Tenancy Deposits – Initial Requirements and Pitfalls
Since 6 April 2007 deposits taken by landlords for residential assured shorthold tenancies must be protected in accordance with the Tenancy Deposit Scheme.
The Tenancy Deposit Scheme requires landlords to comply with what are known as the initial requirements and give certain prescribed information to the tenant. This must be done within 30 days of receipt of the deposit. This 30 day time limit cannot be avoided and must be complied with.
If a landlord fails to comply with the initial requirements after receiving the tenancy deposit, a landlord cannot proceed with obtaining possession under the Section 21 procedure. This can cause delays at a time you may want to recover possession of your property. Further, you could incur unnecessary costs.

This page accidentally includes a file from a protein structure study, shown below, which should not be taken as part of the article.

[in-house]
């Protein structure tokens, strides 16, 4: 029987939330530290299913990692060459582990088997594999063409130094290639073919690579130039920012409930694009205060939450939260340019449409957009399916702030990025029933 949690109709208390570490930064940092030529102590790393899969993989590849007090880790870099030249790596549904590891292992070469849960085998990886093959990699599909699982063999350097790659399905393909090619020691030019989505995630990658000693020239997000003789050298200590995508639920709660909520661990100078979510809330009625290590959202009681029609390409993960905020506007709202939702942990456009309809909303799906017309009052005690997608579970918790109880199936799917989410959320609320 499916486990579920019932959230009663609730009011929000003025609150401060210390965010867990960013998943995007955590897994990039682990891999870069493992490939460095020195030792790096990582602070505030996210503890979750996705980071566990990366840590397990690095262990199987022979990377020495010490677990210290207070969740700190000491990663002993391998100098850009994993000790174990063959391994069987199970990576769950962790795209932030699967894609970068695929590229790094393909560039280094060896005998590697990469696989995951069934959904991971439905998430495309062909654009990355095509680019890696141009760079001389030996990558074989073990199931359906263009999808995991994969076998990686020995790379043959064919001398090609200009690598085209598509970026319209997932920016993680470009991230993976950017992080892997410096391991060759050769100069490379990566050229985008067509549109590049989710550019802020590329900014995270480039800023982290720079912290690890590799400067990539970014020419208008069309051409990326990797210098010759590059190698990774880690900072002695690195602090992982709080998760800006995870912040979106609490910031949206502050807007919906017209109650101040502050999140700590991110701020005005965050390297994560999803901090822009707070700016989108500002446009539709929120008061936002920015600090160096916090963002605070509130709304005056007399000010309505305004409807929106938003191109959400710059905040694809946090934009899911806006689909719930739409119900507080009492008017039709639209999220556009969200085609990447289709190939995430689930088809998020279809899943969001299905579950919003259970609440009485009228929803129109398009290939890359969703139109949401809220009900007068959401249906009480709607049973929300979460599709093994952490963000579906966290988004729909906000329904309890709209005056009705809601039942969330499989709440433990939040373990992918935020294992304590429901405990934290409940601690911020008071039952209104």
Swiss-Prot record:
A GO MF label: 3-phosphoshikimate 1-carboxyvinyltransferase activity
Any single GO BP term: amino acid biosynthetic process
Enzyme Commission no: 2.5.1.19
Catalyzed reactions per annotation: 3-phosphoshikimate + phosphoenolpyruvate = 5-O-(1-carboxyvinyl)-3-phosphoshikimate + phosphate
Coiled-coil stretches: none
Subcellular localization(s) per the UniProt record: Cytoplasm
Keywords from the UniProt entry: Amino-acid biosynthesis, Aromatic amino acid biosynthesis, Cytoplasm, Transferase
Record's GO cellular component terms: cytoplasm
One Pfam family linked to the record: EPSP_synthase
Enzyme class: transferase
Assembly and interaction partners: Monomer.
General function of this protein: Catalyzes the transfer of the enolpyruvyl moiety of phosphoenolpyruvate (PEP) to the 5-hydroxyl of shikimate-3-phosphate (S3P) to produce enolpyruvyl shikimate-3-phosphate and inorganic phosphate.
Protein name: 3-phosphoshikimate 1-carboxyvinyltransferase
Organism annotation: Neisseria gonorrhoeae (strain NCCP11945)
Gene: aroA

In addition to this, a landlord can be sued for the return of the deposit plus an additional three times the deposit amount. Therefore, this could result in the landlord incurring a hefty financial penalty.
As indicated above a failure to deal with a tenant’s deposit correctly can prove extremely costly for a landlord.
Key points when dealing with tenancy deposits
- Have you failed to protect your tenants deposit within 30 days?
- Have you failed to provide the prescribed information?
- Is your tenant threatening to, or have they already brought a claim against you?
If you answer yes to any of the above, you need to act immediately. Case law has set out how Judges will deal with the above issues in relation to tenancy deposits. Delaying dealing with this could prove more costly.
If you require help with tenancy deposits matter or any other property dispute, please contact Mark Fagan by calling 0113 320 5000 or completing our contact form.